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How do you give?

Editor’s Note: Every Friday, I post a Simple Living News Update that includes links to some of my favorite articles of the week. In addition to the update, I answer a reader question via video.

Earlier this week a few readers asked me:

“I’ve seen a few tweets go by about the Yogathon you’re participating in. Can you tell us more about the Yogathon?

For those of you who can’t watch the video, here’s my response:

Before I tell you about the Yogathon, let me give you a little bit of background. Most of you know that I’ve been volunteering in the Living Yoga office since I moved to Portland last year. I’m still volunteering in their office and I’m hoping to start teaching classes soon.

What is Living Yoga all about? In short, Living Yoga is a non-profit outreach program “teaching yoga as a tool for personal change in prisons, drug and alcohol rehabilitation centers, transitional facilities, and to populations who would otherwise not have access to it.”

The Living Yoga Yogathon is kind of like a Walkathon. The Yogathon began on April 15th and ends on June 10th. My goal is to attend 50 yoga classes during this time and get a small sponsorship for each class. All the money raised during the Yogathon will go to Living Yoga. Please consider sponsoring me.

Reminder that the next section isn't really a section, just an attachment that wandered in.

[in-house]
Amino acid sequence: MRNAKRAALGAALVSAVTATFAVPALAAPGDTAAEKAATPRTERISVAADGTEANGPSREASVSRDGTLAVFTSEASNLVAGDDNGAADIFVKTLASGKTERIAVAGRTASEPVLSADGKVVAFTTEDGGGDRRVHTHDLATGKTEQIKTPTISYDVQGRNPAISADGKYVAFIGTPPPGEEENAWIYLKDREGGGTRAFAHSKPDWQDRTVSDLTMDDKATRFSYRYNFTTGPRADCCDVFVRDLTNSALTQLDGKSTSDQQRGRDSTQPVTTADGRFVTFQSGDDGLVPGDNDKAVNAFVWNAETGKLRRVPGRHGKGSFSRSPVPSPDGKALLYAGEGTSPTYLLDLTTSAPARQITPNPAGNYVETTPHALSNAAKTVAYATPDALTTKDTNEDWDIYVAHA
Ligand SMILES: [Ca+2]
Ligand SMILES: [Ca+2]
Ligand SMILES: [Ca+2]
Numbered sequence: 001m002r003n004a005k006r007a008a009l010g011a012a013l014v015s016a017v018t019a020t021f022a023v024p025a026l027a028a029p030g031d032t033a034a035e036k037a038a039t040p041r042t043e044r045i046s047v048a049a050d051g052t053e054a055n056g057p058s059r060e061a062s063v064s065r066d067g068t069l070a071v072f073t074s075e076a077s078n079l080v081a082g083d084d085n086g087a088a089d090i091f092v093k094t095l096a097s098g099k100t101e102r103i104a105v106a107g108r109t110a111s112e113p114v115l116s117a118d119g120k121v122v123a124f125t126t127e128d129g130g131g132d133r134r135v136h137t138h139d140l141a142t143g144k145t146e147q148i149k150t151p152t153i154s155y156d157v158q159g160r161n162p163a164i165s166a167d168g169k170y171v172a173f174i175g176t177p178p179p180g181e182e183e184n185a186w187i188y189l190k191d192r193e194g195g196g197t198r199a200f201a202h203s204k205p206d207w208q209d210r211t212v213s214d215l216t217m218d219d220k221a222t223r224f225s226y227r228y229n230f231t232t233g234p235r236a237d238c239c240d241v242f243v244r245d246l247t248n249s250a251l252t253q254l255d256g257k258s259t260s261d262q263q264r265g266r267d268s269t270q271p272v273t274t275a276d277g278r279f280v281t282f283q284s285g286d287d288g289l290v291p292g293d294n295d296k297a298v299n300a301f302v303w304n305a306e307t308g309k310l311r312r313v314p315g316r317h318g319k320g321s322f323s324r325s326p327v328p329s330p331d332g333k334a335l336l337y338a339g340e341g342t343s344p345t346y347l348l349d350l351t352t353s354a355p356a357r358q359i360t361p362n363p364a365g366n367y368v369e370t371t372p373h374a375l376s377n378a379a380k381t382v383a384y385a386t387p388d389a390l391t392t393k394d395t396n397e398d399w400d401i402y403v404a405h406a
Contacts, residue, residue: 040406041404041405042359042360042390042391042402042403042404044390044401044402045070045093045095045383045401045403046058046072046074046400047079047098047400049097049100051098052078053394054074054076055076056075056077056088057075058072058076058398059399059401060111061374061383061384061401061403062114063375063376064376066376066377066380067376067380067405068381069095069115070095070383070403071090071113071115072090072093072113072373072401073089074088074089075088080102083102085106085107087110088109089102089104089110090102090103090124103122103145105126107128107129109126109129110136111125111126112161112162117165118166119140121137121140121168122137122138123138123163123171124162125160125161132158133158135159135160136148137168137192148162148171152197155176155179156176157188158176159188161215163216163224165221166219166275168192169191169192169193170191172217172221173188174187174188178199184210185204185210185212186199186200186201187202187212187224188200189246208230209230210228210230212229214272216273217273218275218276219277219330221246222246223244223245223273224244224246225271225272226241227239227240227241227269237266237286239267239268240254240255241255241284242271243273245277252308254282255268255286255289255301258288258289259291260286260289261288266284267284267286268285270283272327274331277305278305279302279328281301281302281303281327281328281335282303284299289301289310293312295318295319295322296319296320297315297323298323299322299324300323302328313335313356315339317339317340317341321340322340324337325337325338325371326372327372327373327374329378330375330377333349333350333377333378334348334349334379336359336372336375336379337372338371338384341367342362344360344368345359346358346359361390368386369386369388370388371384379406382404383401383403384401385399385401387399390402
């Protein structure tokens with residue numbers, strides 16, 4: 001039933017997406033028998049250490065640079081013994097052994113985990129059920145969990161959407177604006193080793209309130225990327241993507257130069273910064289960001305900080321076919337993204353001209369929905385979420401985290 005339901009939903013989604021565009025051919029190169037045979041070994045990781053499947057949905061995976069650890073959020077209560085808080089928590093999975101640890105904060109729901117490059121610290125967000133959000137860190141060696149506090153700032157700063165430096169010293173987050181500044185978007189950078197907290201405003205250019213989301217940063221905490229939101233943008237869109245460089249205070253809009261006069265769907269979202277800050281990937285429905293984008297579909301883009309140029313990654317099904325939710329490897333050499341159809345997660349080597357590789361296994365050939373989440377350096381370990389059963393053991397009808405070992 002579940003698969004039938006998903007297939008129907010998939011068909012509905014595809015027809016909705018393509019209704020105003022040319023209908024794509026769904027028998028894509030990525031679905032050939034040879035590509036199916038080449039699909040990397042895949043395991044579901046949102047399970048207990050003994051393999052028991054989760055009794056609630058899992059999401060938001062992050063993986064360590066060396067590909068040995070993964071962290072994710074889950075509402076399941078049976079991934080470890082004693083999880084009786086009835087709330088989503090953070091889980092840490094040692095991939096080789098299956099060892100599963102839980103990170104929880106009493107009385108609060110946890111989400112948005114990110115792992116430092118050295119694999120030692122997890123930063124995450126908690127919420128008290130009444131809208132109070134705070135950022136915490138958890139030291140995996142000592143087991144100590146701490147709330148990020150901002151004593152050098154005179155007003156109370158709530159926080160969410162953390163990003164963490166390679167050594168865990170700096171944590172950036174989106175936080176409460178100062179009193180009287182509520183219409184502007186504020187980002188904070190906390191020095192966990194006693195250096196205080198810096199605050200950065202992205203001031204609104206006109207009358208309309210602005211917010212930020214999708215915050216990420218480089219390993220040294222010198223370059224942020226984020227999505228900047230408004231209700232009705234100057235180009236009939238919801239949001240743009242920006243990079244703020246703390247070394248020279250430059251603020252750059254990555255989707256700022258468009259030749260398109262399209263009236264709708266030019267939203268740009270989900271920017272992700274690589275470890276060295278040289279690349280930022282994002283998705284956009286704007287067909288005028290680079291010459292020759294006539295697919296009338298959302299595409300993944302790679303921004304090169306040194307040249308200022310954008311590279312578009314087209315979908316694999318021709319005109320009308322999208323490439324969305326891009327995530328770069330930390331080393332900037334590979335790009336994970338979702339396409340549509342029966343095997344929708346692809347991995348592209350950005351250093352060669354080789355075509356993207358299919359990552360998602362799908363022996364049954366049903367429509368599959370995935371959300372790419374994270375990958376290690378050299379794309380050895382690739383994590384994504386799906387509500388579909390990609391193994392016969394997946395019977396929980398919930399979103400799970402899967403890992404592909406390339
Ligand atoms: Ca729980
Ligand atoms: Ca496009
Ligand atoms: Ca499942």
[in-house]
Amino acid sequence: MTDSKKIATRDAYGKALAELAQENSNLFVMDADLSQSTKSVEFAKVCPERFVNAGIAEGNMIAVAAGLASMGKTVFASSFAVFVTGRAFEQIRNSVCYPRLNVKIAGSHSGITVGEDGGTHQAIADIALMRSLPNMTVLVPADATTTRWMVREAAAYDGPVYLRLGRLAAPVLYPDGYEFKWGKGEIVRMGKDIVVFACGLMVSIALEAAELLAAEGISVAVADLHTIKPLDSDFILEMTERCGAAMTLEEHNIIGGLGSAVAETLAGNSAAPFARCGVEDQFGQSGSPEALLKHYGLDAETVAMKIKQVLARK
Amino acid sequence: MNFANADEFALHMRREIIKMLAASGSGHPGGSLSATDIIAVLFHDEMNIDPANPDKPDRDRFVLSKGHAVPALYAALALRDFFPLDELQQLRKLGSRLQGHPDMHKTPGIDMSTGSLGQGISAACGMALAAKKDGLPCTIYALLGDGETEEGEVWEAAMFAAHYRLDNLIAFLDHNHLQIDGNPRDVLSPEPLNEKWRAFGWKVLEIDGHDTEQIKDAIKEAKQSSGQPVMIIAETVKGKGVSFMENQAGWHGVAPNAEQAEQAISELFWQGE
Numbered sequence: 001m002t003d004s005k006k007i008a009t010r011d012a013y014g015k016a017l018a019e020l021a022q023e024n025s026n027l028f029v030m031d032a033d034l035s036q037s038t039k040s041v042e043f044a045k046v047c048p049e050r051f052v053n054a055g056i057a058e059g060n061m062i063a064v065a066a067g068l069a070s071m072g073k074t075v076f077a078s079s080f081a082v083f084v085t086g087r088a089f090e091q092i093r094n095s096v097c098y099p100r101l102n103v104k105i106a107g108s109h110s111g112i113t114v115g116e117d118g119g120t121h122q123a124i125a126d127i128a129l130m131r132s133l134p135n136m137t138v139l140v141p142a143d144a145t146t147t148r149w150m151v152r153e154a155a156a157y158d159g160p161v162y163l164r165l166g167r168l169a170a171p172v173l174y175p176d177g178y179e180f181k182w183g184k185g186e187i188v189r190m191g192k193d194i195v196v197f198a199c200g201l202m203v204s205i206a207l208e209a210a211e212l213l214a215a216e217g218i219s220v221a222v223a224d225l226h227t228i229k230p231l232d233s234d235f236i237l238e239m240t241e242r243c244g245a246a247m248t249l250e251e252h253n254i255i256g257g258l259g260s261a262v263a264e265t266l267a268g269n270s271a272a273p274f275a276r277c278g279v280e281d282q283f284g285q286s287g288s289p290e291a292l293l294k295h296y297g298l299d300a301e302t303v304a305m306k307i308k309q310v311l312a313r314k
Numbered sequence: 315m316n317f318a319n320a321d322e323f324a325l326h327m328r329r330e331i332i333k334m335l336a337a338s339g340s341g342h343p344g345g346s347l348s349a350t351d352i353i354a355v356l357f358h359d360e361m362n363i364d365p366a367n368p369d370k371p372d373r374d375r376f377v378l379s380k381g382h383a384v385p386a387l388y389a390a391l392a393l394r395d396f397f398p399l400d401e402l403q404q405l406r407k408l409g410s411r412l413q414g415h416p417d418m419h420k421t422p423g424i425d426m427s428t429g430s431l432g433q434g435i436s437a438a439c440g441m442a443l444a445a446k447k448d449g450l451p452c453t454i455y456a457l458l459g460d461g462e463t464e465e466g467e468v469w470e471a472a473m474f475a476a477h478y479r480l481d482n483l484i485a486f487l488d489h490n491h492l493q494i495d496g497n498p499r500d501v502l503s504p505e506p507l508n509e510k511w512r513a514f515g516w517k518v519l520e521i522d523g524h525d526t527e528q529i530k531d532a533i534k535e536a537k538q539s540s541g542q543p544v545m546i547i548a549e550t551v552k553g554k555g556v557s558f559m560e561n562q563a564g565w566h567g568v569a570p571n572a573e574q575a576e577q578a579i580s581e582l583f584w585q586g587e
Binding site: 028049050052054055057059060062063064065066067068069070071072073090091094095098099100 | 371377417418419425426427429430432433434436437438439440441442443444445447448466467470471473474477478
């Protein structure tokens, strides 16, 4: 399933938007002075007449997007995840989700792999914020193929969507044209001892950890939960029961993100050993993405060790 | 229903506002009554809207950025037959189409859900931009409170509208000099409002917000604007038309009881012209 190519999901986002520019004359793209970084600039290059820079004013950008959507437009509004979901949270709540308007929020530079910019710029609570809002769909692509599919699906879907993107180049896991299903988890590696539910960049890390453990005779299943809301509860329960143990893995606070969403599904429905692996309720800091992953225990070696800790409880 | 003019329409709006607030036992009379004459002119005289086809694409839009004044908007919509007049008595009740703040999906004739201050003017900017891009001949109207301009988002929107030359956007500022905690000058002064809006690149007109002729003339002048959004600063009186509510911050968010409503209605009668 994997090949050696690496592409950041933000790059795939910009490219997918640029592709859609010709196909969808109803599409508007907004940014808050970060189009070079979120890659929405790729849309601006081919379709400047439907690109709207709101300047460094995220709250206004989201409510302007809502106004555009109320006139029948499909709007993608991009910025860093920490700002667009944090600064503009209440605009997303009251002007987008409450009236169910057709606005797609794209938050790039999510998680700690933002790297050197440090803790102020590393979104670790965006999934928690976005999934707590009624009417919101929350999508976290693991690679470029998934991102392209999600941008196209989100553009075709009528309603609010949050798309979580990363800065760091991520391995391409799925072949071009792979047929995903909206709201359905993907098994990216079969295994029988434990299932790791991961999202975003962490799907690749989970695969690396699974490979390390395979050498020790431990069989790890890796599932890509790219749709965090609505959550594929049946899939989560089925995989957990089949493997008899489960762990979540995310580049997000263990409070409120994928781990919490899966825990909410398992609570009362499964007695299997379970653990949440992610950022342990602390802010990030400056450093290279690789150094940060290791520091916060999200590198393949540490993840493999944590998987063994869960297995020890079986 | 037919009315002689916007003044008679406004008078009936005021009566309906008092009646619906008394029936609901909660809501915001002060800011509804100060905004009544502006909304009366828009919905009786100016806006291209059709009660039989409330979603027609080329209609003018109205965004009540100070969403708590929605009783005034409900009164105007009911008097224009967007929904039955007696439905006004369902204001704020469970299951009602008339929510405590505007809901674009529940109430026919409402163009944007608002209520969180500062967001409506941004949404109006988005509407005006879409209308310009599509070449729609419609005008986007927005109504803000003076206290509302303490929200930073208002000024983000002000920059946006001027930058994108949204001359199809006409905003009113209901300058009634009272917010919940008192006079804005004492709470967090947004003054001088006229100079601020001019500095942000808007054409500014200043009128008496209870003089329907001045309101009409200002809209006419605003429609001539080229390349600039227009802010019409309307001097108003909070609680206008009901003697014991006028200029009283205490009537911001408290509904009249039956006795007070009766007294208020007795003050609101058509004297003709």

Normally, I close comments on Friday round-ups. But this week, I want to hear your stories about giving. How do you give and how does giving make you feel?

For more about yoga, read this post: How to Change the World By Doing Yoga

Now onto the news . . .

Give Yourself a Raise

“If we take the total for purchasing and operating a passenger sedan of $9,412 per year and subtract the total for purchasing and operating a bicycle of $1,100 per year, we’re left with $8,312. If we divide that amount into the typical work year of 2,080 hours, we have $4.00 per hour. That’s a significant raise people can give themselves by eliminating a car!”

Friends vs. Subscribers

“I used to spend a lot of time worrying about getting more people to subscribe to my blog. And I’m not the only one; seems like most of the blogging advice out there revolves around two things:

1. How to grow subscriber numbers.
2. How to monetize those subscribers.

Those are the two driving forces behind nearly all blogging advice, whether it’s about putting pictures in your posts or writing a benefits-driven about page or obsessing over branding.

But blogging like that? Always worrying about maintaining the right “personal brand?” It’s exhausting. And it doesn’t feel real.”

I’m Having A Gaga Moment

“I have listened to my 10-year-old self and spoken to my 80-year-old self. Both have taught me to look beyond age – to listen, to learn and to respect the wisdom of both young and old. Recently, a 25-year-old woman taught me a few things not only about herself, but about life and how to truly live it with whole-hearted gusto.”

Cool Stuff

Comments on this entry are closed.

  • Tomas Quinones April 29, 2011, 8:26 am

    How do I give back?

    I help people, sometimes strangers, eventually become friends, “Move By Bike”.

    Since 2006, I’ve helped 35 people, by bicycle.
    http://www.flickr.com/photos/tomascosauce/collections/72157626483700595/

    Also, I’ve done various volunteer work in the bike community: Ride-along Mechanic, Traffic Calming, Helmet Fitting, Paper-Shuffling, Traffic Counting, and Testifying at City Council.

    • Tammy April 29, 2011, 8:39 am

      @Tomas – You rock! Yay for bike moves and the amazing bike community in Portland! 🙂